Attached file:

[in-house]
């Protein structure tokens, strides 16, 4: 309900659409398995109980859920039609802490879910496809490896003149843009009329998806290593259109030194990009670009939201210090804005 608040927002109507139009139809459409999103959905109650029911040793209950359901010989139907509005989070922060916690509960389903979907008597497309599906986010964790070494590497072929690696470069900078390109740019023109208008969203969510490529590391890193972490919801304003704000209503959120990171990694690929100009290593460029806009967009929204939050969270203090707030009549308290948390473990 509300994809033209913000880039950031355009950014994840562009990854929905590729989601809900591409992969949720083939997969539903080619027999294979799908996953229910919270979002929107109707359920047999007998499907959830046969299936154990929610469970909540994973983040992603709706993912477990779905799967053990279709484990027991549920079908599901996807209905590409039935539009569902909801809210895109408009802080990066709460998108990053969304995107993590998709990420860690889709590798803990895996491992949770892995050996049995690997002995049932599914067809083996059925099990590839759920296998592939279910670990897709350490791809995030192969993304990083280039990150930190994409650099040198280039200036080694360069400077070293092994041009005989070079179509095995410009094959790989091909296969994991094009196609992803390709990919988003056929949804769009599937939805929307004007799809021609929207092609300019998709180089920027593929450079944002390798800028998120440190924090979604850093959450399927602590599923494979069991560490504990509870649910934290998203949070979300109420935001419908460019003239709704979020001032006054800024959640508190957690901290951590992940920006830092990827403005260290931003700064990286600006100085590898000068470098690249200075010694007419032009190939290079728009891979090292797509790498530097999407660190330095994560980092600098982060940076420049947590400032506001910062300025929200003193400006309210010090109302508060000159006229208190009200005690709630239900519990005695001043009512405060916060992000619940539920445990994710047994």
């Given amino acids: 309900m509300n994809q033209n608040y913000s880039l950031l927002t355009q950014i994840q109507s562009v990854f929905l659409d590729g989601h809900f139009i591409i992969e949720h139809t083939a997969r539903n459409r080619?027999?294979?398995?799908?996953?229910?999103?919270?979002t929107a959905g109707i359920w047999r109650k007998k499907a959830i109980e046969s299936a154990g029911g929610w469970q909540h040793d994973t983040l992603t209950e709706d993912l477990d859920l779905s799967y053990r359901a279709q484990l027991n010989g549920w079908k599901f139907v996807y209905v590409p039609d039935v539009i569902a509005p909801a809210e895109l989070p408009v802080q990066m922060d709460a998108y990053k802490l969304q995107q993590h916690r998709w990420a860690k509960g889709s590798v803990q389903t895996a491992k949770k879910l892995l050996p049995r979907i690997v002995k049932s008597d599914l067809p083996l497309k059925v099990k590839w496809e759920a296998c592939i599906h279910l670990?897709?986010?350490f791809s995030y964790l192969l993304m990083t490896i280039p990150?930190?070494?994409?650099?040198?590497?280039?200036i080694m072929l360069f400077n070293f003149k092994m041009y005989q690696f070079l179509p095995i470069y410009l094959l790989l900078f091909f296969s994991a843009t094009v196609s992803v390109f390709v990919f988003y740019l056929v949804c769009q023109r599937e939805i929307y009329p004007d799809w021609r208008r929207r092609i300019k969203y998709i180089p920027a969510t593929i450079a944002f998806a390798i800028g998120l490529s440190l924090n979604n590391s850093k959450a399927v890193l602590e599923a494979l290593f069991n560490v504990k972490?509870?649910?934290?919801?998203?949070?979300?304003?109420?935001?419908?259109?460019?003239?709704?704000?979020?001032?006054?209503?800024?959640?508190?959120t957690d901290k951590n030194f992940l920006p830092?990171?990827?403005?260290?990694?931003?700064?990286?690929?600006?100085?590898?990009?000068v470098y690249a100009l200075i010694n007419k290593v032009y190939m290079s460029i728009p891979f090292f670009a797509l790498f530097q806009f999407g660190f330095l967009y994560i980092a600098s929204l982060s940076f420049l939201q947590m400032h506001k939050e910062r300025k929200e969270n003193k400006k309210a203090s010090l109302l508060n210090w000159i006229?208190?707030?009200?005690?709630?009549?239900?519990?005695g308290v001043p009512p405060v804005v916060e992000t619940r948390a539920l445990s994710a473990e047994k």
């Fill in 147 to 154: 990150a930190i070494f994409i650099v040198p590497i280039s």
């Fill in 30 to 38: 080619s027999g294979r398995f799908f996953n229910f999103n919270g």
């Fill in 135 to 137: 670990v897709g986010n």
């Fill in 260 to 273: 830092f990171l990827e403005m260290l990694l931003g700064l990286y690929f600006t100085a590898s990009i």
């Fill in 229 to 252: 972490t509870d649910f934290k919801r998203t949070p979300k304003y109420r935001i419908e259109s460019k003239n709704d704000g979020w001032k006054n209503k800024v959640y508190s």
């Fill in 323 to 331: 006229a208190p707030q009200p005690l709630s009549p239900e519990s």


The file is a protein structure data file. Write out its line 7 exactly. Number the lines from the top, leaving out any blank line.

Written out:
């Fill in 260 to 273: 830092f990171l990827e403005m260290l990694l931003g700064l990286y690929f600006t100085a590898s990009i």